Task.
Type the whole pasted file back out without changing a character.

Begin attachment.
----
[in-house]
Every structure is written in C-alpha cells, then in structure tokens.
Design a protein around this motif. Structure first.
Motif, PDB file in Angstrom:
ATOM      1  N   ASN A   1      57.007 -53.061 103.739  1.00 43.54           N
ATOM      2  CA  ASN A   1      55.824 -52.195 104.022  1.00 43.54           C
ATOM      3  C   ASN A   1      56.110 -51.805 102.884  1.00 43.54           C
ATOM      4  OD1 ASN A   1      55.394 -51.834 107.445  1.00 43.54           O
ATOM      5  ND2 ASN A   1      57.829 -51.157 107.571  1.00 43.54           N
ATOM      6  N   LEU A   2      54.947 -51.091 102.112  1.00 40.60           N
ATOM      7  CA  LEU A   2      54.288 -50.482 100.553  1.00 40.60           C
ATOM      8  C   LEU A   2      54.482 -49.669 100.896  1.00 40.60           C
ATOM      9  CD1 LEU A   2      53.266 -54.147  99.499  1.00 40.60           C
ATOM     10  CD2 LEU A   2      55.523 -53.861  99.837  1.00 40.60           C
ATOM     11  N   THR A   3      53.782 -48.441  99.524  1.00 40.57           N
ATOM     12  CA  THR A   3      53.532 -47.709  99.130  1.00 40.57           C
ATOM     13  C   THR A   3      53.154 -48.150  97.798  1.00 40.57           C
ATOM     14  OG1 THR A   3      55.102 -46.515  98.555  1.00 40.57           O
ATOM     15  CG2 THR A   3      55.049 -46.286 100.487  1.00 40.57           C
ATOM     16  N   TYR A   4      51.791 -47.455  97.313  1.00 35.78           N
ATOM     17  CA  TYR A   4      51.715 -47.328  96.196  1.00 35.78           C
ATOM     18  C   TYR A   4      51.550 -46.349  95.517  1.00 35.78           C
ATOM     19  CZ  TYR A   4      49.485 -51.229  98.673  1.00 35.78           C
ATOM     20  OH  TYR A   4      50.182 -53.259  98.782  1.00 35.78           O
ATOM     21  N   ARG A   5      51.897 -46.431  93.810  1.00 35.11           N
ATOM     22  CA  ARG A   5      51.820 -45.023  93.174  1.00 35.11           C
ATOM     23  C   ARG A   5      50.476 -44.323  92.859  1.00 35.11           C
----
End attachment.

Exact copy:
[in-house]
Every structure is written in C-alpha cells, then in structure tokens.
Design a protein around this motif. Structure first.
Motif, PDB file in Angstrom:
ATOM      1  N   ASN A   1      57.007 -53.061 103.739  1.00 43.54           N
ATOM      2  CA  ASN A   1      55.824 -52.195 104.022  1.00 43.54           C
ATOM      3  C   ASN A   1      56.110 -51.805 102.884  1.00 43.54           C
ATOM      4  OD1 ASN A   1      55.394 -51.834 107.445  1.00 43.54           O
ATOM      5  ND2 ASN A   1      57.829 -51.157 107.571  1.00 43.54           N
ATOM      6  N   LEU A   2      54.947 -51.091 102.112  1.00 40.60           N
ATOM      7  CA  LEU A   2      54.288 -50.482 100.553  1.00 40.60           C
ATOM      8  C   LEU A   2      54.482 -49.669 100.896  1.00 40.60           C
ATOM      9  CD1 LEU A   2      53.266 -54.147  99.499  1.00 40.60           C
ATOM     10  CD2 LEU A   2      55.523 -53.861  99.837  1.00 40.60           C
ATOM     11  N   THR A   3      53.782 -48.441  99.524  1.00 40.57           N
ATOM     12  CA  THR A   3      53.532 -47.709  99.130  1.00 40.57           C
ATOM     13  C   THR A   3      53.154 -48.150  97.798  1.00 40.57           C
ATOM     14  OG1 THR A   3      55.102 -46.515  98.555  1.00 40.57           O
ATOM     15  CG2 THR A   3      55.049 -46.286 100.487  1.00 40.57           C
ATOM     16  N   TYR A   4      51.791 -47.455  97.313  1.00 35.78           N
ATOM     17  CA  TYR A   4      51.715 -47.328  96.196  1.00 35.78           C
ATOM     18  C   TYR A   4      51.550 -46.349  95.517  1.00 35.78           C
ATOM     19  CZ  TYR A   4      49.485 -51.229  98.673  1.00 35.78           C
ATOM     20  OH  TYR A   4      50.182 -53.259  98.782  1.00 35.78           O
ATOM     21  N   ARG A   5      51.897 -46.431  93.810  1.00 35.11           N
ATOM     22  CA  ARG A   5      51.820 -45.023  93.174  1.00 35.11           C
ATOM     23  C   ARG A   5      50.476 -44.323  92.859  1.00 35.11           C